One of my colleagues pointed out a couple of weeks ago that Instructables offers free classes on many “makerspace” related topics, such as laser cutting, mold making, and 3d design. I’ve used the site for a few DIY projects, but never knew I could dig deeper with these lessons. I plan to investigate several of these for my own studies, and now I know that I can also refer some of my students to the site, especially if they want to learn more about something I may not have tried yet. It’s a good resource for DIY’ers, educators, and students.
You have less than 2 days to vote for this year’s Doodle 4 Google contest winners. This year’s theme is , “What inspires me.” This is a great opportunity to show your students the incredible creativity that is exemplified by the chosen finalists from K-12. And, even though the deadline to enter has passed, you can take advantage of the free educator materials to guide your students as they create their own Google doodles. Are you done with standardized testing for the year? Looking for ways to engage your students as the school year comes to a close? This is definitely one way to do it!
I am currently offering an online Google Classroom for some students in our district that assigns them one Digital Breakout (Math) a week for 5 weeks. “Scholastic Beasts” is the 4th one in the series. For the first three, you can see:
All of these are designed for 4th grade gifted and talented students. As with the others, you can e-mail me at email@example.com with the title of the Digital Breakout if you need the answers – but I find that it’s better to not help your students too much!
I overheard some of my students talking about a cooking show called, “Nailed It!” and decided to make my next Digital Breakout based on that title. Because we have been having a few glitches with Google Sites in our district, I decided to use Weebly to create this one. “Kaled It!” is a bit harder than my 1st and 2nd Digital Breakouts. Therefore, I thought I would give you some of the clues I just posted for my Google Classroom students: Lock 1 can be answered with “The Milk Dilemma.” Lock 2 will be found on “Shopping.” Lock 3 is answered using “Kale Pesto.” If you want to answer Lock 4, then carefully explore the “Meet the Contestants” page.
As with the first two Digital Breakouts I designed, teachers can e-mail me at firstname.lastname@example.org to receive the answers. (Please put the name of the Digital Breakout in the Subject line.) However, I agree with the one teacher who told me that she enjoyed not knowing the answers because she didn’t help her students too much!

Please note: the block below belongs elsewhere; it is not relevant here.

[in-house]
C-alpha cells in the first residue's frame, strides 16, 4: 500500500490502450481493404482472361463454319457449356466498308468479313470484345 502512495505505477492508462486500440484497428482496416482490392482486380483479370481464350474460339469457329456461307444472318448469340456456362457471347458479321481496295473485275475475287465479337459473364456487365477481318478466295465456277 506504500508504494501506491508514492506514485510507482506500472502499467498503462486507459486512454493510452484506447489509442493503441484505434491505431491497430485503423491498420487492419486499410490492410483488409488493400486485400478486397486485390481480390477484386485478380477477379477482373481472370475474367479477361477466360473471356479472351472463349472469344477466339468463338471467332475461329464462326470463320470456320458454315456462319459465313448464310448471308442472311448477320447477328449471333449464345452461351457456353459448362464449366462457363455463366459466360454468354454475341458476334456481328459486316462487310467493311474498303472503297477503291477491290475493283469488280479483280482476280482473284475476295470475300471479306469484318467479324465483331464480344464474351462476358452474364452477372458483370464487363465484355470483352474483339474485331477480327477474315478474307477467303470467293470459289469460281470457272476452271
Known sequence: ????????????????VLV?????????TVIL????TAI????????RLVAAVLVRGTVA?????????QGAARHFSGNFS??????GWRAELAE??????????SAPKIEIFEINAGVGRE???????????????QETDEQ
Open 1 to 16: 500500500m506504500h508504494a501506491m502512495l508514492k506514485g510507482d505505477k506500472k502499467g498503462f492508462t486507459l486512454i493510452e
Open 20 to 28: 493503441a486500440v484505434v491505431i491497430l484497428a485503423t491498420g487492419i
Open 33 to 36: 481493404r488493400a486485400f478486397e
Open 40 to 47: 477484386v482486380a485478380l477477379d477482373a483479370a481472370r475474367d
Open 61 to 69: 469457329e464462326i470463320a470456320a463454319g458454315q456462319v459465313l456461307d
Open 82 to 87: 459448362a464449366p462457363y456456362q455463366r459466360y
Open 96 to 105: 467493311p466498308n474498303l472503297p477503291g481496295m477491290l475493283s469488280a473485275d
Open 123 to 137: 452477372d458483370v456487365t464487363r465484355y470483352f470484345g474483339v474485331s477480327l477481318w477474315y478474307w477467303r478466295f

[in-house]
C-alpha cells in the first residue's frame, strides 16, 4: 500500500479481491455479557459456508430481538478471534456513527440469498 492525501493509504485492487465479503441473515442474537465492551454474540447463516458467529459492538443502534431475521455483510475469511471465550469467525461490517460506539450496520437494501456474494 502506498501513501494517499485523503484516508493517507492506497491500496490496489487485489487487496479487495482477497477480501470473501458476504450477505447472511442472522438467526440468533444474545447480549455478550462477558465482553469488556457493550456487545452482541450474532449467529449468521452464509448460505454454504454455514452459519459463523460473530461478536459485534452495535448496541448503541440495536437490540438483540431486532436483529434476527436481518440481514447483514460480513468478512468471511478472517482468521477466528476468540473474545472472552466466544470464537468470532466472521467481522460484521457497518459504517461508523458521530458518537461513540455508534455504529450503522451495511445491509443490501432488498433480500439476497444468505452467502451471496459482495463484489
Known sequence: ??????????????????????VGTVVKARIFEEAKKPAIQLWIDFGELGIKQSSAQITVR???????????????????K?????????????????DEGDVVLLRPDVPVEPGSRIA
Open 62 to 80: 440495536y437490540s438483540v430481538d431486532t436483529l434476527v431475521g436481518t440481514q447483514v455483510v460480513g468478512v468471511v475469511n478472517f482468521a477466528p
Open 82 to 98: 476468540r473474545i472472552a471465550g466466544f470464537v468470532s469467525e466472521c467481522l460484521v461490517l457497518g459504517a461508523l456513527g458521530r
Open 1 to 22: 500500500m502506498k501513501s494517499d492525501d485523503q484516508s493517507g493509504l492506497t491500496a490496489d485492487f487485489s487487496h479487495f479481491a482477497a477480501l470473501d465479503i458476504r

Feebo, Not Chee is my latest attempt at doing a Digital Breakout. Like the previous one, this one is designed for 4th grade students. Ideally, they would work on it independently. The pages are not in the same order as the clues, and there are a couple of links to external sites on this one. If you are an educator who needs answers to this breakout, please e-mail me at email@example.com
Yesterday’s post about the new OK Go Sandbox made me think about this blog I bookmarked awhile ago. There is something about the juxtaposition of art and math that fascinates me, so the title of Artful Maths immediately caught my eye. Under the “Resources” menu you can find, “Mathematical Art Lessons,” which is where I learned of the existence of “cardioids.” Most of the lessons are accompanied by Powerpoint presentations and downloadable handouts.
Another section of the site I like offers ideas for “Puzzle Games.” This is where I found out about a free iOS game called, “Fibo,” which I am still trying to figure out. Not all of the game suggestions are free, but you may discover a few new ones that cost little to nothing.
Artful Maths also includes links to origami resources and other mathematical interests. There are quite a few Christmas decoration ideas on the blog, which I will need to remember for later this year.
Thanks to Clarissa Grandi (@c0mplexnumber) for sharing all of your awesome ideas!